The Origins of Blockchain

It’s been a little over a decade since Blockchain technology was first introduced, but it’s already revolutionizing the way we do business. By eliminating the need for a central authority in transactions, Blockchain enables secure and tamper-proof data exchanges between parties. This has allowed companies to improve productivity, reduce costs, and ensure accuracy in payments or copyright verification. Let’s explore how the Blockchain came to be.


A Brief History


  • 1979: Ralph Merkle, a computer scientist and Stanford University Ph.D. student, described a public key distribution and digital signatures in his doctoral thesis, an idea he eventually patented. This came to be known as the Merkle tree.
  • 1982: David Chaum, a Ph.D. student at the Univerity of California, Berkeley, described a system for maintaining and trusting computer systems.
  • 1991: Stuart Haber and W. Scott Stornetta proposed a cryptographically secured chain of blocks that would enable timestamping of documents, then proceeded to upgrade their system the following year to incorporate Merkle trees for more efficient document collection.
  • 2008: Someone under the pseudonym Satoshi Nakamoto conceptualized the first Blockchain, from which the technology has evolved and found its way into many applications, from cryptocurrencies to others.
  • 2009: Satoshi Nakamoto released the first whitepaper about Blockchain technology and Bitcoin, detailing how it was well equipped to enhance digital trust due to its decentralization aspect.
  • 2009: The first Bitcoin block was mined by Nakamoto, validating the blockchain concept.
  • 2011: Litecoin is released, becoming the second-ever cryptocurrency to be based on Blockchain technology.
  • 2013: Ethereum launches, introducing a whole new concept of smart contracts and dApps, ushering in the era of Blockchain 2.0.
  • 2015: The world’s first Blockchain-based stock exchange is launched in Estonia.
  • 2016: Hyperledger project begins to take shape with IBM leading the charge for private enterprises to adopt Blockchain technology for internal use.
  • 2017: Bitcoin experiences a monumental rise in price as the cryptocurrency market cap surpasses $100 billion.


The Benefits of Blockchain


Blockchain technology has a lot to offer from scalability and cost savings. Here’s how it’s been adopted in various sectors over the last decade:


Decentralization: A significant benefit of Blockchain technology is its ability to remove the need for a third-party authority. This means that transactions can be carried out securely with much faster processing times and lower costs. Utilizing Blockchain technology for payments and data storage ensures that the exchange of information is accurate, secure, and immutable.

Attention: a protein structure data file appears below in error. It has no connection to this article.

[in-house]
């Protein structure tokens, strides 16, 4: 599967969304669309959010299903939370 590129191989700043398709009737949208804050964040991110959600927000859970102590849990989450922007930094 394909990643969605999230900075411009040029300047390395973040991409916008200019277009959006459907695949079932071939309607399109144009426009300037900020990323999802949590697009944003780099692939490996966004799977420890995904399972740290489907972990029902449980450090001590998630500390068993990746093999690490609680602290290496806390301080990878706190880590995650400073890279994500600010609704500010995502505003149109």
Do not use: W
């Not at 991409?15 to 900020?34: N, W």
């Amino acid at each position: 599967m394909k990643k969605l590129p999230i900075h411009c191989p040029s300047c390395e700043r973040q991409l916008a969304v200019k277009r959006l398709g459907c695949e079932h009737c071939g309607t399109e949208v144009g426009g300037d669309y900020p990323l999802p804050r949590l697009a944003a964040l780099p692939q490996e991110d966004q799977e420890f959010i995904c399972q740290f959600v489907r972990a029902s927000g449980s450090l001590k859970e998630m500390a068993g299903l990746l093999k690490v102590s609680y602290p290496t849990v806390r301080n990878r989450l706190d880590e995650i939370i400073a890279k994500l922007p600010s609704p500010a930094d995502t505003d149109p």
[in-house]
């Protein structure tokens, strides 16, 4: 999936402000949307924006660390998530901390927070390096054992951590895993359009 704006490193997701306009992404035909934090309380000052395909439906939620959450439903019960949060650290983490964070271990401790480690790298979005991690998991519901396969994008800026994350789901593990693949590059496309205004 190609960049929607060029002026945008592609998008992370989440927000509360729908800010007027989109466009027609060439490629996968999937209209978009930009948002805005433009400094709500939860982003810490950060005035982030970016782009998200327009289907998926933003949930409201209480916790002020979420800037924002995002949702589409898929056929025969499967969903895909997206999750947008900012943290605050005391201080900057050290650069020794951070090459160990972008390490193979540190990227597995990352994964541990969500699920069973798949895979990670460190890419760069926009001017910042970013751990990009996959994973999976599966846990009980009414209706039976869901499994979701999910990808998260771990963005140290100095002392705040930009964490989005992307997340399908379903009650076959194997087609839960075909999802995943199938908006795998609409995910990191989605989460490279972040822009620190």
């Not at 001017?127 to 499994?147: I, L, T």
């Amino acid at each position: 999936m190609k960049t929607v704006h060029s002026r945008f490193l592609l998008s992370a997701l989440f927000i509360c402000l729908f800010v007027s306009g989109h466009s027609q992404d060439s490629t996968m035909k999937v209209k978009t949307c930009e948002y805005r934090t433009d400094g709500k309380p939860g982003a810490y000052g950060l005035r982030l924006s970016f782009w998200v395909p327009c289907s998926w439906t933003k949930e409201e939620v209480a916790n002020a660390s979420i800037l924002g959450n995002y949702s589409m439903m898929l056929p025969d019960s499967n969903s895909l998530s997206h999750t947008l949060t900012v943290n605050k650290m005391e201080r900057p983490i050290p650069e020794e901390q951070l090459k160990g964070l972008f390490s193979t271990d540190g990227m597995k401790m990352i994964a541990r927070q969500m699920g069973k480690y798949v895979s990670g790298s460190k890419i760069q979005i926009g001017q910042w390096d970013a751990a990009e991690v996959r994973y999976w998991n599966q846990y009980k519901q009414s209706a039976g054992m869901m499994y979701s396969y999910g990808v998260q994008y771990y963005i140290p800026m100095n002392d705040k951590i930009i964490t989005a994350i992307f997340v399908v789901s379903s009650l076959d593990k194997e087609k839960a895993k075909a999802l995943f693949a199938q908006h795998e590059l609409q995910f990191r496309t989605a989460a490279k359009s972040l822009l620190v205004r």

Energy: Blockchain is being used to create decentralized energy systems that enable users to buy and sell electricity directly with each other without relying on any central authority. This helps reduce costs while providing more transparent financial transactions.


Finance: Banks, payment companies, and other financial institutions are embracing Blockchain technology to reduce costs while increasing the speed of transactions. Blockchain is also being used to enhance security in stock exchanges by providing an immutable ledger to track ownership of stocks and bonds.


Media & Entertainment: Companies like Spotify and Facebook are leveraging blockchain technology to explore emerging trends like NFTs. 


Supply Chain Management: By eliminating intermediaries, Blockchain technology makes it easier to track shipments and trace products in the supply chain. This not only enhances transparency but also reduces costs while improving customer service.


Healthcare: Blockchain technology can play a significant role in streamlining the healthcare industry by providing an immutable ledger to store and share patient records. This will help reduce costs and improve security as sensitive health data is securely stored on the Blockchain.


Blockchain technology has come a long way since its introduction over 10 years ago. What started as a revolutionary concept for cryptocurrency has now been widely adopted across various industries. The possibilities are endless and the future looks bright for Blockchain technology.  With its scalability, cost savings, transparency, and security advancements, Blockchain is set to revolutionize many aspects of our lives in the years ahead.

Genesis Global Trading Suspends Lending Services

Oscar Jofre joined FintechTV to talk about the Genesis Global Trading lending arm. Genesis Global Trading is a top investment bank in the crypto world. They offer services such as trading and custody. Recently, Genesis had to temporarily suspend redemptions and new loan originations due to FTX’s collapse.